- Associated Press - Thursday, April 21, 2011

ISLAMABAD | The Pakistani army Thursday rejected what it called “negative propaganda” by the United States, hours after the top U.S. military officer accused the country’s spy agency of continued links to a powerful Afghan Taliban faction.

The unusually strident dispute among American and Pakistani officials reflected the poor state of relations between the two counterterrorism allies.

Adm. Mike Mullen, the chairman of the U.S. joint chiefs of staff, said Wednesday that he would raise the issue of Pakistan’s ties to the terrorist Haqqani network when he saw Pakistani army chief Gen. Ashfaq Parvez Kayani later the same day in Islamabad.

The Haqqani network is a largely independent Afghan Taliban faction with bases in Pakistan’s North Waziristan tribal region just across the border from Afghanistan. It is considered one of the most lethal forces battling U.S. and NATO troops in Afghanistan.

Pakistan’s military-controlled Inter-Services Intelligence spy agency has links to Haqqani leaders that date to the 1980s Soviet occupation of Afghanistan. But after the Sept. 11, 2001, attacks, Pakistan insisted it had cut those ties.

Still, many analysts and U.S. officials suspect Islamabad may be trying to maintain its links to the Haqqanis so that it can use them as a means of retaining influence in Afghanistan - and keeping a bulwark against archrival India - after the Americans leave.

“The ISI has a long-standing relationship with the Haqqani network. That doesn’t mean everybody in the ISI but it’s there. … I believe over time that has got to change,” Adm. Mullen said in the GEO TV interview.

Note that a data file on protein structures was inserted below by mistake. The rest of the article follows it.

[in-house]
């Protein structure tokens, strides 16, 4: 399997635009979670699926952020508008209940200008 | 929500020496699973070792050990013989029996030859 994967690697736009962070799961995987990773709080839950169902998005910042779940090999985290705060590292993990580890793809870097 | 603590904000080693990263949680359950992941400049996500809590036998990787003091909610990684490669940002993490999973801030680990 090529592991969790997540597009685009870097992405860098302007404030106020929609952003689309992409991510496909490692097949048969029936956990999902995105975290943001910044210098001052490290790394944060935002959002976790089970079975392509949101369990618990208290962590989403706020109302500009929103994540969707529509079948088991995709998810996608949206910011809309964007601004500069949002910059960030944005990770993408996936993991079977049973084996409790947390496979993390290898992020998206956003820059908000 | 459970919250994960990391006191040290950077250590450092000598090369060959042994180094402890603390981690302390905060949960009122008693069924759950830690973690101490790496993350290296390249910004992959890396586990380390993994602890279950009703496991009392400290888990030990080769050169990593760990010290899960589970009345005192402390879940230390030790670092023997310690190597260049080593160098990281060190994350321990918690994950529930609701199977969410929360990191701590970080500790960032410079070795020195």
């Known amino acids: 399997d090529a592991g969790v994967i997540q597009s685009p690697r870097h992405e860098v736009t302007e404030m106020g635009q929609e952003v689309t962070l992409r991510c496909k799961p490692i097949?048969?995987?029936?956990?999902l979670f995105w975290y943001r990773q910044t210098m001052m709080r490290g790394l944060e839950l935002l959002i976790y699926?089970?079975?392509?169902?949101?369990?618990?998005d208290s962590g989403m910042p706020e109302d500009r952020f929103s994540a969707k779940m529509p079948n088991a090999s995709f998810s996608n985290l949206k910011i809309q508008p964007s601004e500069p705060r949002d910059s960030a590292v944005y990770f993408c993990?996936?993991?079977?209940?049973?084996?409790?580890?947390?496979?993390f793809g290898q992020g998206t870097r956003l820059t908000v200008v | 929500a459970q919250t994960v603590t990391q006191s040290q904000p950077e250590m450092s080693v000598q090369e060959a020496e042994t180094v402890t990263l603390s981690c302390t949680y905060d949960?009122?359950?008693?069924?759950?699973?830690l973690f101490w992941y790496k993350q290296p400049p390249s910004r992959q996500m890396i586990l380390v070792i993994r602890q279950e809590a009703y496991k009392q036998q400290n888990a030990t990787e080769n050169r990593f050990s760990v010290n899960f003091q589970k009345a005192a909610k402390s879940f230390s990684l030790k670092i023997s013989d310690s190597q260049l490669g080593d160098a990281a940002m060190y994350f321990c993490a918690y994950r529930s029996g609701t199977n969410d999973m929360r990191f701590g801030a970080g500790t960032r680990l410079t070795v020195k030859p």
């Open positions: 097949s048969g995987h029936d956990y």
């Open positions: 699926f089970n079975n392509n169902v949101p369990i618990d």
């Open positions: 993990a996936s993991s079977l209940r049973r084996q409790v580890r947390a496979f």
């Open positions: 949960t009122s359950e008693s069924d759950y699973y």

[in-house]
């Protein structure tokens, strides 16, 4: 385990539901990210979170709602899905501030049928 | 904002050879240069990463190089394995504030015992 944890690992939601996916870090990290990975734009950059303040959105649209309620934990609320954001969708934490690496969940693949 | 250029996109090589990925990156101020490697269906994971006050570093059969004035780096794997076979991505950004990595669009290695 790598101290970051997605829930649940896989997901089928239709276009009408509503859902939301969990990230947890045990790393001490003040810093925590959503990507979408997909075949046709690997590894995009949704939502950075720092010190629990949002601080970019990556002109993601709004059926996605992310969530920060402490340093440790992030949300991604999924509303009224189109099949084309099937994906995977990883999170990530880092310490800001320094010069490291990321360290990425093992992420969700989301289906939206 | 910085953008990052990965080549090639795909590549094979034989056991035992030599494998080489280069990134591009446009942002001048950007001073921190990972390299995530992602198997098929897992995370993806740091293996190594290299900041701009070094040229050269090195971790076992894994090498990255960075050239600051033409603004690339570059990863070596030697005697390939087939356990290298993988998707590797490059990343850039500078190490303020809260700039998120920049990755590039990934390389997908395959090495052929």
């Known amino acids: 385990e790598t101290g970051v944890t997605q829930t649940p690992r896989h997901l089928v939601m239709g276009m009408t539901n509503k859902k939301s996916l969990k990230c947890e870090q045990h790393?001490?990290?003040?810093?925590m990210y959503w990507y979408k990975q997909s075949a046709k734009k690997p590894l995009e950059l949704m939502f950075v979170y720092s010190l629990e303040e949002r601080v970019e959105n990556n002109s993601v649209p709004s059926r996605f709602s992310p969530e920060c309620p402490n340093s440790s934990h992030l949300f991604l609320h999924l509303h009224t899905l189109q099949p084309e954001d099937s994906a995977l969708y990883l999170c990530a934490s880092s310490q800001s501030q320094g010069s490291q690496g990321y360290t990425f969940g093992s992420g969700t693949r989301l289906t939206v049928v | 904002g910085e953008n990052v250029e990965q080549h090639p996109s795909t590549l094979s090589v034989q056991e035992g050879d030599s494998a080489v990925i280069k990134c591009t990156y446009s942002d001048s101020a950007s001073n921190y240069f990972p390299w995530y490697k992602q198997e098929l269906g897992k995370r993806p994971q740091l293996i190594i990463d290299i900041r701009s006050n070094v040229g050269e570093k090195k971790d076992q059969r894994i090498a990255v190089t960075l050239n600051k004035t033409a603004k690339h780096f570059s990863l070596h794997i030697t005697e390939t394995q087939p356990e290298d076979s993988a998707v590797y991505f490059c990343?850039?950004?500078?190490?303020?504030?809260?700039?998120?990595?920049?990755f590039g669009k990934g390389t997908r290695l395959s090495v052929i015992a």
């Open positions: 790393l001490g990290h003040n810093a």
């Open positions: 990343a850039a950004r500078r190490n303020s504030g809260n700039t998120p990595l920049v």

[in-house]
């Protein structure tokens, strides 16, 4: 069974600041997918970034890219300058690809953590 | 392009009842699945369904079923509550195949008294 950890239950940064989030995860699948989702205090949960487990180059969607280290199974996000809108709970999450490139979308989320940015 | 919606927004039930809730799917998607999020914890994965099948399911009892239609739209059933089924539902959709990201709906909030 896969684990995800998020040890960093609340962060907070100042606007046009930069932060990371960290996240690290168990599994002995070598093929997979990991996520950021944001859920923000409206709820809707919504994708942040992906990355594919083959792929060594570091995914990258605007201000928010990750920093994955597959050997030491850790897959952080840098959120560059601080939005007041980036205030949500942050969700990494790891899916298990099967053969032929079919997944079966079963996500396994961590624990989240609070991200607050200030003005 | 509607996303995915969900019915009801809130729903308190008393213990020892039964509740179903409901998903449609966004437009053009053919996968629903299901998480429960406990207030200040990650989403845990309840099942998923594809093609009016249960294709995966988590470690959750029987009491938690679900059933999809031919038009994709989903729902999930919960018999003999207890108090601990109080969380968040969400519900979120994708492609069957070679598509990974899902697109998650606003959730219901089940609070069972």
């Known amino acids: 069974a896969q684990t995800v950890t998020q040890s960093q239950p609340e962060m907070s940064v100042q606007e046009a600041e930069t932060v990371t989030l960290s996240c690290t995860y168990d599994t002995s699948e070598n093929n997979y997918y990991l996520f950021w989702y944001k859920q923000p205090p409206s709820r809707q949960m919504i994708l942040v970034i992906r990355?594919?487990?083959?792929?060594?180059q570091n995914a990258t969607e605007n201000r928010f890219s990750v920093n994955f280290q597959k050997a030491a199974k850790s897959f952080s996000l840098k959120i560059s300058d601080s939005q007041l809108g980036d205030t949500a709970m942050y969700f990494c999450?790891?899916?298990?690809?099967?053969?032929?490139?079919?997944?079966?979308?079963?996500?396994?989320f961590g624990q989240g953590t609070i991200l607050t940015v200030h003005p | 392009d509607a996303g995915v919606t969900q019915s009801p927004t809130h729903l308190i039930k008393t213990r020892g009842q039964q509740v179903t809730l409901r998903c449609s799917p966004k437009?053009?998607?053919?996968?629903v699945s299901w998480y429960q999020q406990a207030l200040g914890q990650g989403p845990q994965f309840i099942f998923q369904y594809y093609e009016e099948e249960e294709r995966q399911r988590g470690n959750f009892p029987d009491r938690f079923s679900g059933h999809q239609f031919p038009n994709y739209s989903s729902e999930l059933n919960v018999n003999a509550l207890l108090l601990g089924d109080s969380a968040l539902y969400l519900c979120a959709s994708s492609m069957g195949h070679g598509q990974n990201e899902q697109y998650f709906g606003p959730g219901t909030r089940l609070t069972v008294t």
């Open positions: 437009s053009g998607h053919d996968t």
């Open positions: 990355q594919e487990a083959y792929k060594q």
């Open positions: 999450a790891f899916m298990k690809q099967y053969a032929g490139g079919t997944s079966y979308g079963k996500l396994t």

In a statement issued after meeting with Adm. Mullen, Gen. Kayani said both sides were determined to keep their relationship intact, but he did not mention the Haqqanis,

The statement said Gen. Kayani told Adm. Mullen that he “strongly rejects negative propaganda [about] Pakistan not doing enough”.

He also said the army’s multiple offensives against insurgent groups in the northwest are evidence of Pakistan’s “national resolve to defeat terrorism.”

Gen. Kayani also criticized the ongoing U.S. missile strikes in Pakistan. Those strikes often hit North Waziristan, where the Haqqanis are based. It is also the one tribal region along the Afghan border where the army has not staged an offensive, despite U.S. pleas.

Pakistan has long denounced the drone-fired missile strikes as violations of its sovereignty, but it is widely believed to secretly cooperate with at least some of the attacks.

But in mid-March, Gen. Kayani issued a rare statement denouncing one such attack after it killed nearly 40 people. A U.S. official said the target was justified, but Gen. Kayani said dozens of civilian tribesmen died.

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